This one has a very strong, identifiable flavor, so you’ll only want to use pumpkin puree as an egg replacement if it is a flavor that you’re ok adding to your finished product. It’s great with baked items that have cinnamon or apples. This is an egg substitute that works, but you’ll only want to use it in baked goods, unless you’re making a casserole that would be great with a little pumpkin added to it.

Silken Tofu

Use: 1/4 Cup silken tofu per egg

Silken tofu is great in recipes for muffins, quick breads, dense cakes, and pies. Things to keep in mind with this egg replacement is that it can be heavy, so you won’t want to use it to replace multiple eggs. Also, baked goods will not brown as well as with a regular egg.

Vinegar & Baking Soda

Use: 1 Tablespoon of vinegar + 1 teaspoon of baking soda

Mix the vinegar and baking soda together before adding this to your recipe as an egg replacement. It’s a good substitute for quick breads, cakes, and brownies. Vinegar and baking soda will give you a light and fluffy finished product.

Yogurt

Use: 1/4 Cup yogurt per egg

Choose plain or vanilla yogurt for your baked recipes when using this as an egg replacement. You can also use Greek or plant based yogurts as well. If your yogurt is very thin or liquidy, it may not work as well, so go for a thicker yogurt. If it is vanilla, it may add a bit of sweetness to your baked goods, but it will leave your finished product quite moist.

Whole Powdered Eggs aka Dried Egg Mix

Whole egg powder is typically a blend of real dried whole eggs, nonfat dry milk, soybean oil, and salt that is mixed with water prior to using. Powdered eggs are ideal in baking and cooking, including dishes such as cookies, cakes, scrambled eggs, and omelets. They are often used as an emergency food supply or as as a refrigeration-free substitute for cooking eggs outdoors.

Backyard Chickens

You might prefer eggs over a substitute and are simply looking for egg substitutes due to high egg prices (eggflation) or because of an egg shortage. Backyard chickens are an option and can also be a fun and rewarding experience, and a great way to teach kids about nature, agriculture and responsibility of caring for animals. Also, keep in mind that it may not always make financial sense due to time, feed and coop materials. Plus, some local municipalities don’t allow chickens or require permits.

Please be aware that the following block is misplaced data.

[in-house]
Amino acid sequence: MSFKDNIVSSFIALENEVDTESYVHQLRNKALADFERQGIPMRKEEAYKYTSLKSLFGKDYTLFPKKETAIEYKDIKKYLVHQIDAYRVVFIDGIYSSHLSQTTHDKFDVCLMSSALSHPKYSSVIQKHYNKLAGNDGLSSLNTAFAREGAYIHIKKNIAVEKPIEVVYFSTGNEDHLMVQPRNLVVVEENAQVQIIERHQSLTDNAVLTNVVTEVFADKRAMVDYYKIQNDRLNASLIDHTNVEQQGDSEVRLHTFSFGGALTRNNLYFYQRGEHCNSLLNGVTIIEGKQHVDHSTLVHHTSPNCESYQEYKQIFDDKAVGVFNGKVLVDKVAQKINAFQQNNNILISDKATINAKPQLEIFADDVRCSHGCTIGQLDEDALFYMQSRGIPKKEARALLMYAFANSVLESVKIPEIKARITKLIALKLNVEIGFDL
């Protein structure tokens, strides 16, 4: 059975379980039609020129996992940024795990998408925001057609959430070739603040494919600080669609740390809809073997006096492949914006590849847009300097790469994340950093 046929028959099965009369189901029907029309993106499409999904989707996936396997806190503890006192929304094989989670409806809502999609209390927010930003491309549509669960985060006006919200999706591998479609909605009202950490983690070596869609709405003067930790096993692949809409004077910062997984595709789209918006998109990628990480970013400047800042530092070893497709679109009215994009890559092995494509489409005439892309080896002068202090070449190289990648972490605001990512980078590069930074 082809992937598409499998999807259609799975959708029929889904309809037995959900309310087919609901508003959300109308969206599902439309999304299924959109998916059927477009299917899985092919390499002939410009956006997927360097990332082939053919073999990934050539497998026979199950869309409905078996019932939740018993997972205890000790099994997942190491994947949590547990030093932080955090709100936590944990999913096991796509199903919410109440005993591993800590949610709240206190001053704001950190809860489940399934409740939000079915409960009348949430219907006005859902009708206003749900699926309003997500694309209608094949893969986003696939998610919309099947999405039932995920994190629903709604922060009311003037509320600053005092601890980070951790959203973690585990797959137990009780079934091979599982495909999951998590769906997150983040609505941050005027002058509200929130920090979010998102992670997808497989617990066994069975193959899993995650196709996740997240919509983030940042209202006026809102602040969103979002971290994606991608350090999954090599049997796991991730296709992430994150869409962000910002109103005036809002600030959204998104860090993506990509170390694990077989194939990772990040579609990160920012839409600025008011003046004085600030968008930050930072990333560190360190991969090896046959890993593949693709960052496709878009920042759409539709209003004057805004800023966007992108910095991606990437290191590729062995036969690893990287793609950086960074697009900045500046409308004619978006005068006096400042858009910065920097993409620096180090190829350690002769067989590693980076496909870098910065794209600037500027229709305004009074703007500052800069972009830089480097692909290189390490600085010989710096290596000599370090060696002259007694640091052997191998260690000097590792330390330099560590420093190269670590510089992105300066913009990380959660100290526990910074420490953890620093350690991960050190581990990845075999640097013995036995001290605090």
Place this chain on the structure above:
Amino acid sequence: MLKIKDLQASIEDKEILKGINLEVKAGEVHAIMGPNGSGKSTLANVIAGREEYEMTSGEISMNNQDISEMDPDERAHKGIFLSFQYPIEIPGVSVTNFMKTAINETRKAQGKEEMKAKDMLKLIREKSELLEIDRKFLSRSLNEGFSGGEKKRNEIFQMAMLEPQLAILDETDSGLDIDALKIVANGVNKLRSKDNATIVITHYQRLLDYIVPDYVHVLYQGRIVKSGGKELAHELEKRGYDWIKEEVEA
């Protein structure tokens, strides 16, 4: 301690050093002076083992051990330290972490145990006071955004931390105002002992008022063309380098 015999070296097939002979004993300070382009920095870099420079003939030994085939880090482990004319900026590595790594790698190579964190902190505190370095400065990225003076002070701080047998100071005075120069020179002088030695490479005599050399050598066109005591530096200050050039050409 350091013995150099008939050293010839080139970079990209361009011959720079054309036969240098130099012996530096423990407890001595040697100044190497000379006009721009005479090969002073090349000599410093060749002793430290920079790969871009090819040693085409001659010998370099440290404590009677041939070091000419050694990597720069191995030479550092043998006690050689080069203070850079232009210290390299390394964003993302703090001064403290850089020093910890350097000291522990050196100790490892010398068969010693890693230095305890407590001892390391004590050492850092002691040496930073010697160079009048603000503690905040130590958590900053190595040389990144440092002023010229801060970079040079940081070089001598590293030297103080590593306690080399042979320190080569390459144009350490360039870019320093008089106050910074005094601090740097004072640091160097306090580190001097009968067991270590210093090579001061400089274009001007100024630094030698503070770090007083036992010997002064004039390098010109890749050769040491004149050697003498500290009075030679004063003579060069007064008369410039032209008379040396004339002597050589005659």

How To Choose The Best Egg Substitute

When it comes to choosing the best egg substitute, consider they type of food you’re making, how the substitute would affect the flavor and/or texture, dietary needs, and availability.

Egg Substitutes for Binding

All the substitutes listed above are great for baking, but only a few would be good as an egg replacement for stovetop recipes. If you’re looking for an substitute for binding or a thickener, the number one choice would be arrowroot powder.

  1. Arrowroot powder
  2. Mashed potatoes
  3. Nut butters
  4. Silken tofu
  5. Soy lecithin

Egg Substitutes for Adding Moisture

  1. Applesauce
  2. Mashed banana
  3. Pumpkin puree
  4. Mashed avocado
  5. Yogurt
  6. Buttermilk

Egg Substitutes for Leavening

  1. 3 parts water, 2 parts baking powder and 1 part oil
  2. Equal parts vinegar and baking powder
  3. 1 tablespoon yogurt and 1 teaspoon baking powder
  4. Carbonated water

Egg Substitutes for Dietary Needs

If you’re looking for something to accommodate dietary needs, go for carbonated water or the oil, water, and baking soda mixture. These are both flavorless, dairy free, etc. And the finished product of your baked goods will be light and fluffy.

Pantry Egg Substitutes

If you’re just looking for something to use based on what you have available in the pantry, you’re most likely to have the vinegar and baking soda mixture, or the oil, water, and baking soda combo available. Again, these both work great in all baked goods recipes.

  1. Vinegar and baking soda mixture
  2. Oil, water, and baking soda combo

From a flavor and texture standpoint, your best bet would be the egg replacement option that complements your recipe the best.

Number One Egg Substitute Pick

The number one pick for baking is the oil, water, and baking soda option. These are the items that are most likely to be available in the kitchen in a pinch. However, when in need of a binder or thickener for stovetop recipes, Arrowroot powder is the number one pick here.

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Heidi Deal